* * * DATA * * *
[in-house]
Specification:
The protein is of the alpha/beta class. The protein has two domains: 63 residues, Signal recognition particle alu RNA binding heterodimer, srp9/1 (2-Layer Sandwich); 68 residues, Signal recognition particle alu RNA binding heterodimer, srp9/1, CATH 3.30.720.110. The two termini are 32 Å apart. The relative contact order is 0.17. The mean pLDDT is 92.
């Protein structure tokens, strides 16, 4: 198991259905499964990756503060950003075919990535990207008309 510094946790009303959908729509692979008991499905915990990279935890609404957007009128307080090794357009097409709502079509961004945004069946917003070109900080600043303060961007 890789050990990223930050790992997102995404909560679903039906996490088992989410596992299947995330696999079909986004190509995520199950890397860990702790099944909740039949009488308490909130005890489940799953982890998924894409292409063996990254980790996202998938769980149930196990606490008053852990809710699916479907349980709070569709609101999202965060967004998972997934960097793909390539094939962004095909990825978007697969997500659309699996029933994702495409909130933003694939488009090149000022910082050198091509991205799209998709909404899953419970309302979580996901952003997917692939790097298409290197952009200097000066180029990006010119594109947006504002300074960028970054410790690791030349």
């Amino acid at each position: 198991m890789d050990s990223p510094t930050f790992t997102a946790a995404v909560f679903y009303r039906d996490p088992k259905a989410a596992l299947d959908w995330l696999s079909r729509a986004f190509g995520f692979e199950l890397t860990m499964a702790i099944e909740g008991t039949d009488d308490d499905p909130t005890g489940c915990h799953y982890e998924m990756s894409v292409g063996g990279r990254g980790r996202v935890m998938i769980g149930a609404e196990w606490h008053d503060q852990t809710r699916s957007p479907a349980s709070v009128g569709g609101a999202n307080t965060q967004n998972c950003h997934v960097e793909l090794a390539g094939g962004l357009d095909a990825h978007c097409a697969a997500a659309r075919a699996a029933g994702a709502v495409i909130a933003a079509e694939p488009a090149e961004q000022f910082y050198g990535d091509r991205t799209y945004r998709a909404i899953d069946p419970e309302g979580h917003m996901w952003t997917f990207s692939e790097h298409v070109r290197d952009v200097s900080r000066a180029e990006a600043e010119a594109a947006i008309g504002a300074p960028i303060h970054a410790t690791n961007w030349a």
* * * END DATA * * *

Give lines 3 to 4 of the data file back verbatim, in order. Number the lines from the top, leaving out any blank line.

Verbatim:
The protein is of the alpha/beta class. The protein has two domains: 63 residues, Signal recognition particle alu RNA binding heterodimer, srp9/1 (2-Layer Sandwich); 68 residues, Signal recognition particle alu RNA binding heterodimer, srp9/1, CATH 3.30.720.110. The two termini are 32 Å apart. The relative contact order is 0.17. The mean pLDDT is 92.
């Protein structure tokens, strides 16, 4: 198991259905499964990756503060950003075919990535990207008309 510094946790009303959908729509692979008991499905915990990279935890609404957007009128307080090794357009097409709502079509961004945004069946917003070109900080600043303060961007 890789050990990223930050790992997102995404909560679903039906996490088992989410596992299947995330696999079909986004190509995520199950890397860990702790099944909740039949009488308490909130005890489940799953982890998924894409292409063996990254980790996202998938769980149930196990606490008053852990809710699916479907349980709070569709609101999202965060967004998972997934960097793909390539094939962004095909990825978007697969997500659309699996029933994702495409909130933003694939488009090149000022910082050198091509991205799209998709909404899953419970309302979580996901952003997917692939790097298409290197952009200097000066180029990006010119594109947006504002300074960028970054410790690791030349």